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There have been no formal requests for a Faculty discussion of the new regulations for Honors in General Studies, Ian Ford said yesterday. He implied that the College is virtually certain to maintain its policy for at least a year.

The reason for assuming that the cum laude in General Studies policy will need to be changed is that the technicalities of the Faculty's rules of order make it much easier to pass a motion which has been announced in advance.

In general, any material that a Faculty member would like to put forward for debate must be submitted at least two weeks before the Faculty meeting at which it is to be discussed. A motion not submitted before the two-week deadline cannot be placed on the meeting's docket, and motions not on the docket require an 80 per cent margin for passage, instead of a simple majority.

The next Faculty meeting is scheduled for January 12. Its business will include the official approval of any mid-year degrees.

Those who oppose the new C.L.G.S. policy have questioned its legality on the grounds that it should have been considered as "new business," rather than as an amendment to a motion regularly placed on the docket. Having once made this argument, anyone still wishing to revise the policy would almost certainly make his attempt in strict observance of parliamentary procedure. This would mean notifying the Dean of Faculty two weeks in advance.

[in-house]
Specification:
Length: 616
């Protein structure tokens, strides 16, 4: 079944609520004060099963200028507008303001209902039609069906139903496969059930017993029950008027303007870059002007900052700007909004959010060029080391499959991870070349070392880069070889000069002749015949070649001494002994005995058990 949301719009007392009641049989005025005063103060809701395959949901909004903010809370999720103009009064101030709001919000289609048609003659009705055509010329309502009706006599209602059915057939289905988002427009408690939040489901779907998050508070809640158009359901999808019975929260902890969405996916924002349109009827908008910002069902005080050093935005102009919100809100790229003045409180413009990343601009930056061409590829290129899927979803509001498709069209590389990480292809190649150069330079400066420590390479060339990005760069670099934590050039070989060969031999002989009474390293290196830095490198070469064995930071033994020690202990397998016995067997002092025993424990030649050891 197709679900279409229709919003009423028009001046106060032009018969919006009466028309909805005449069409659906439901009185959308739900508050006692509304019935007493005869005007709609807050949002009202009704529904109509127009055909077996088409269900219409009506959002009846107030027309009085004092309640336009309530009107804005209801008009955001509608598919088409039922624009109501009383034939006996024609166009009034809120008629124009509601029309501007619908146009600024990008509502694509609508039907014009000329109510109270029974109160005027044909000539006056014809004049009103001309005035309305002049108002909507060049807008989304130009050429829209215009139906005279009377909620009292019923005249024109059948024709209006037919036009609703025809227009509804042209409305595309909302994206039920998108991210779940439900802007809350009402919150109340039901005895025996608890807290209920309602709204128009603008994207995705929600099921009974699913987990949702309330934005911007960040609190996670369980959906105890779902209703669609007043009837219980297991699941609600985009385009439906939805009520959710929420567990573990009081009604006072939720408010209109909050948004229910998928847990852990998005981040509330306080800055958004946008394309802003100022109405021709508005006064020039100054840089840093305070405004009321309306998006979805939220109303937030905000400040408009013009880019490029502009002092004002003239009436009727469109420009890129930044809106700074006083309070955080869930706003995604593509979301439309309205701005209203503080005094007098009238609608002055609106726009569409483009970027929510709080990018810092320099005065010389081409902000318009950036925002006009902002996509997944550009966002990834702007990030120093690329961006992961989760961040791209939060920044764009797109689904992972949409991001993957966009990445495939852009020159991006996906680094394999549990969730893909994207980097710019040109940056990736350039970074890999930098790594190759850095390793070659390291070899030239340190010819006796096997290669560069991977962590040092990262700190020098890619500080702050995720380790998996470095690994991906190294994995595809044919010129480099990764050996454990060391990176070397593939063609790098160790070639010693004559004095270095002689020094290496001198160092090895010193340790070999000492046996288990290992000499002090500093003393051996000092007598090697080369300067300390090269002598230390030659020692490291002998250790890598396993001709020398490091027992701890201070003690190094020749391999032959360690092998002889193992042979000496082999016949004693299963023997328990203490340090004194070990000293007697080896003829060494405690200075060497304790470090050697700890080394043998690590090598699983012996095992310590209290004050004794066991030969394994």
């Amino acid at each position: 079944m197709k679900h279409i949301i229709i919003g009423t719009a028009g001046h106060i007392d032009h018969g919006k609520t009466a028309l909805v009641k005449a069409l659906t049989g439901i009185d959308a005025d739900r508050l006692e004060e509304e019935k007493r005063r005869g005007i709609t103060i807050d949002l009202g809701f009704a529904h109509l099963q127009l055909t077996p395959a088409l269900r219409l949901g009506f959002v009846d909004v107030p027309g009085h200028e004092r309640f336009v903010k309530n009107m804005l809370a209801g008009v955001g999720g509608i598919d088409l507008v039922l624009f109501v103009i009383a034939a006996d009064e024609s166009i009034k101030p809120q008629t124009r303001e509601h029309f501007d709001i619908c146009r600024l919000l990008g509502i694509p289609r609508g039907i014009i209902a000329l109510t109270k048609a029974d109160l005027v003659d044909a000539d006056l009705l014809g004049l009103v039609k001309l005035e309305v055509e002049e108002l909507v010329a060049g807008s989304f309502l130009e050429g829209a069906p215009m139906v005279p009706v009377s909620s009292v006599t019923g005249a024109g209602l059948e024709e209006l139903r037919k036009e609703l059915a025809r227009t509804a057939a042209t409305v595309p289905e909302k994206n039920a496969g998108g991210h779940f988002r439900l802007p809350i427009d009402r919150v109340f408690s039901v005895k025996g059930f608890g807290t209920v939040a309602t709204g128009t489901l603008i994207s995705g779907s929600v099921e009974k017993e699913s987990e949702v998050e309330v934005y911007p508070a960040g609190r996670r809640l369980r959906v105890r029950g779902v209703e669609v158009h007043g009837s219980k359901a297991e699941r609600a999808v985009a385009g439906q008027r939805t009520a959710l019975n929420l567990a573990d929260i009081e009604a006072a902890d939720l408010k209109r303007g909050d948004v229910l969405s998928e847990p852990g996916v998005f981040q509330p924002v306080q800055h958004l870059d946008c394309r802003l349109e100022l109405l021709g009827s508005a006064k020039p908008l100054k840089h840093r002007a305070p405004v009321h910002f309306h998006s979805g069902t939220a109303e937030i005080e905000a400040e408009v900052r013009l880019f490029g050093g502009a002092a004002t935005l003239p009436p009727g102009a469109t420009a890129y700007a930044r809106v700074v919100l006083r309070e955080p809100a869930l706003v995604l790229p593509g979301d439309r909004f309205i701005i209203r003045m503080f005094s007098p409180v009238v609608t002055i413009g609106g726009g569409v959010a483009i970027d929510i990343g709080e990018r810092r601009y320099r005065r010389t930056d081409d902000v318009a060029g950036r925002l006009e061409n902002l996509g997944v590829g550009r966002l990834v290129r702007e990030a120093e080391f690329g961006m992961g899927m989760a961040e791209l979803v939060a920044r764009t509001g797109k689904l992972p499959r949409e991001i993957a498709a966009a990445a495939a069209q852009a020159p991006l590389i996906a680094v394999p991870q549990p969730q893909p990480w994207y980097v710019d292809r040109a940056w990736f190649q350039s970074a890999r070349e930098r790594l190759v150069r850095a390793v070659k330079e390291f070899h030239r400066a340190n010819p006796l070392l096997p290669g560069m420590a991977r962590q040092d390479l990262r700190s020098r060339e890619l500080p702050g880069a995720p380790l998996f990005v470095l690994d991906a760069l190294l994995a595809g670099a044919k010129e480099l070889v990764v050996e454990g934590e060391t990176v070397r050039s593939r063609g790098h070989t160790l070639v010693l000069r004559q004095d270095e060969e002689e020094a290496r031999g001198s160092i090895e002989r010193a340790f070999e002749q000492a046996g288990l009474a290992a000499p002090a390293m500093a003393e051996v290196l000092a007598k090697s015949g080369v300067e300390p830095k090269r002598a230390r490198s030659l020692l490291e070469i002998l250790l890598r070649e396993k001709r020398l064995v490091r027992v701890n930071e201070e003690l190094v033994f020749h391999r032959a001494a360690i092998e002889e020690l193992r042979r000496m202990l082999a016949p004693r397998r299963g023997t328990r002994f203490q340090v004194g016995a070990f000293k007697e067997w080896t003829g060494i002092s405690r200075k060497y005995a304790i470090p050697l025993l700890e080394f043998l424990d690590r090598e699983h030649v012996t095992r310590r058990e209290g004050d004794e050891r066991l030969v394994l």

Commenting on the silence of the C.L.G.S. oposition, one Faculty member pointed out last night that most of the men who dislike the new policy have made plans to block it in Departments. The way they could do this, he said, would be to threaten to give an E in tutorial to any student who seems likely to take advantage of some of the liberalizations of the new policy.

The new policy makes all seniors with the required number of honors course grades eligible for an Honors degree in General Studies, regardless of whether or not they began to write a thesis and regardless of whether or not they ever finished it. The policy was passed at the last Faculty meeting in an unexpected vote in which no department chairmen participated.

Frederick V. Hunt, Rumford professor of Physics, proposed the new policy because he felt that any student who makes honor grades in three-quarters of his courses deserves an Honors degree.

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